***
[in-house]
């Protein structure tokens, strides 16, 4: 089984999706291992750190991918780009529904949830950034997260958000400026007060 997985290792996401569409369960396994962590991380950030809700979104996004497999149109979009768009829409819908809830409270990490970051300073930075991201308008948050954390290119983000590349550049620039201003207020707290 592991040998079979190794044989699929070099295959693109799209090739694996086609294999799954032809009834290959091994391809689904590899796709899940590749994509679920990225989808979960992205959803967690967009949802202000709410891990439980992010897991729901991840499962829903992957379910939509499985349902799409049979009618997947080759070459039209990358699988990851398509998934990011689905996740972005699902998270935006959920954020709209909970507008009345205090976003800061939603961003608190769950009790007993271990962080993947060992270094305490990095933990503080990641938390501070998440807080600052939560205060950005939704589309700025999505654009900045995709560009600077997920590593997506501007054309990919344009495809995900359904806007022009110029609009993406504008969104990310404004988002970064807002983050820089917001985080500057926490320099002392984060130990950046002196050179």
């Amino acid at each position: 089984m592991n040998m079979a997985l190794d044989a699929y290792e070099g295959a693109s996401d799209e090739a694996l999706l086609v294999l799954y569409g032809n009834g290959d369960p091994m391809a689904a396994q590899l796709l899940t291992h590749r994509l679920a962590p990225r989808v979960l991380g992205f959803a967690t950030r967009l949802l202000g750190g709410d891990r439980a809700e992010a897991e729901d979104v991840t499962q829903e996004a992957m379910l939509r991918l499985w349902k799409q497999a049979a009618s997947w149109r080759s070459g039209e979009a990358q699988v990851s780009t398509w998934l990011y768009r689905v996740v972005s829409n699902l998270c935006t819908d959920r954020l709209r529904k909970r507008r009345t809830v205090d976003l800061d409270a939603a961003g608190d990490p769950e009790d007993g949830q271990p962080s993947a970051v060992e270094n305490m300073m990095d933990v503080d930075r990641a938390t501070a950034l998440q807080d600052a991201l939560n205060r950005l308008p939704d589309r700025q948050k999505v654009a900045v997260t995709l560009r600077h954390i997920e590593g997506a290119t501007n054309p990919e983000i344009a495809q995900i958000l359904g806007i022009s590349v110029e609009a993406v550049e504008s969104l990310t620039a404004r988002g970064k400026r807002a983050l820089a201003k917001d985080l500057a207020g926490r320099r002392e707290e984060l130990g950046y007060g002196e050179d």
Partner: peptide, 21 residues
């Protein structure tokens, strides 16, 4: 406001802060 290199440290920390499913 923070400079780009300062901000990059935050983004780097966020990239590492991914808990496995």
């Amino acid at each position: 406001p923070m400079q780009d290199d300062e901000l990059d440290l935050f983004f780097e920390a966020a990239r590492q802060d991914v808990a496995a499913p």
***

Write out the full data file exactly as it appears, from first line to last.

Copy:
[in-house]
């Protein structure tokens, strides 16, 4: 089984999706291992750190991918780009529904949830950034997260958000400026007060 997985290792996401569409369960396994962590991380950030809700979104996004497999149109979009768009829409819908809830409270990490970051300073930075991201308008948050954390290119983000590349550049620039201003207020707290 592991040998079979190794044989699929070099295959693109799209090739694996086609294999799954032809009834290959091994391809689904590899796709899940590749994509679920990225989808979960992205959803967690967009949802202000709410891990439980992010897991729901991840499962829903992957379910939509499985349902799409049979009618997947080759070459039209990358699988990851398509998934990011689905996740972005699902998270935006959920954020709209909970507008009345205090976003800061939603961003608190769950009790007993271990962080993947060992270094305490990095933990503080990641938390501070998440807080600052939560205060950005939704589309700025999505654009900045995709560009600077997920590593997506501007054309990919344009495809995900359904806007022009110029609009993406504008969104990310404004988002970064807002983050820089917001985080500057926490320099002392984060130990950046002196050179």
């Amino acid at each position: 089984m592991n040998m079979a997985l190794d044989a699929y290792e070099g295959a693109s996401d799209e090739a694996l999706l086609v294999l799954y569409g032809n009834g290959d369960p091994m391809a689904a396994q590899l796709l899940t291992h590749r994509l679920a962590p990225r989808v979960l991380g992205f959803a967690t950030r967009l949802l202000g750190g709410d891990r439980a809700e992010a897991e729901d979104v991840t499962q829903e996004a992957m379910l939509r991918l499985w349902k799409q497999a049979a009618s997947w149109r080759s070459g039209e979009a990358q699988v990851s780009t398509w998934l990011y768009r689905v996740v972005s829409n699902l998270c935006t819908d959920r954020l709209r529904k909970r507008r009345t809830v205090d976003l800061d409270a939603a961003g608190d990490p769950e009790d007993g949830q271990p962080s993947a970051v060992e270094n305490m300073m990095d933990v503080d930075r990641a938390t501070a950034l998440q807080d600052a991201l939560n205060r950005l308008p939704d589309r700025q948050k999505v654009a900045v997260t995709l560009r600077h954390i997920e590593g997506a290119t501007n054309p990919e983000i344009a495809q995900i958000l359904g806007i022009s590349v110029e609009a993406v550049e504008s969104l990310t620039a404004r988002g970064k400026r807002a983050l820089a201003k917001d985080l500057a207020g926490r320099r002392e707290e984060l130990g950046y007060g002196e050179d």
Partner: peptide, 21 residues
């Protein structure tokens, strides 16, 4: 406001802060 290199440290920390499913 923070400079780009300062901000990059935050983004780097966020990239590492991914808990496995």
């Amino acid at each position: 406001p923070m400079q780009d290199d300062e901000l990059d440290l935050f983004f780097e920390a966020a990239r590492q802060d991914v808990a496995a499913p």